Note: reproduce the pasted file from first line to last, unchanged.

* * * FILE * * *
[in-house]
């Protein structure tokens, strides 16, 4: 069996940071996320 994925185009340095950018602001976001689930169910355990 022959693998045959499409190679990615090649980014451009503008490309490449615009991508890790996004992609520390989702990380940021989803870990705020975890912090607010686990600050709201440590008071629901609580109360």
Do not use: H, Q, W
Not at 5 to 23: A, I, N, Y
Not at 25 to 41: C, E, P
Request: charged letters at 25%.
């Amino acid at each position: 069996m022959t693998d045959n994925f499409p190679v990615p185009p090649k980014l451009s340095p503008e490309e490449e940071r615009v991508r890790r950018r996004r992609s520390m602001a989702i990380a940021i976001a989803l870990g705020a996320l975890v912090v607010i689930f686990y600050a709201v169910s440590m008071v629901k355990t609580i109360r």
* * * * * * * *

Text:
[in-house]
């Protein structure tokens, strides 16, 4: 069996940071996320 994925185009340095950018602001976001689930169910355990 022959693998045959499409190679990615090649980014451009503008490309490449615009991508890790996004992609520390989702990380940021989803870990705020975890912090607010686990600050709201440590008071629901609580109360």
Do not use: H, Q, W
Not at 5 to 23: A, I, N, Y
Not at 25 to 41: C, E, P
Request: charged letters at 25%.
């Amino acid at each position: 069996m022959t693998d045959n994925f499409p190679v990615p185009p090649k980014l451009s340095p503008e490309e490449e940071r615009v991508r890790r950018r996004r992609s520390m602001a989702i990380a940021i976001a989803l870990g705020a996320l975890v912090v607010i689930f686990y600050a709201v169910s440590m008071v629901k355990t609580i109360r």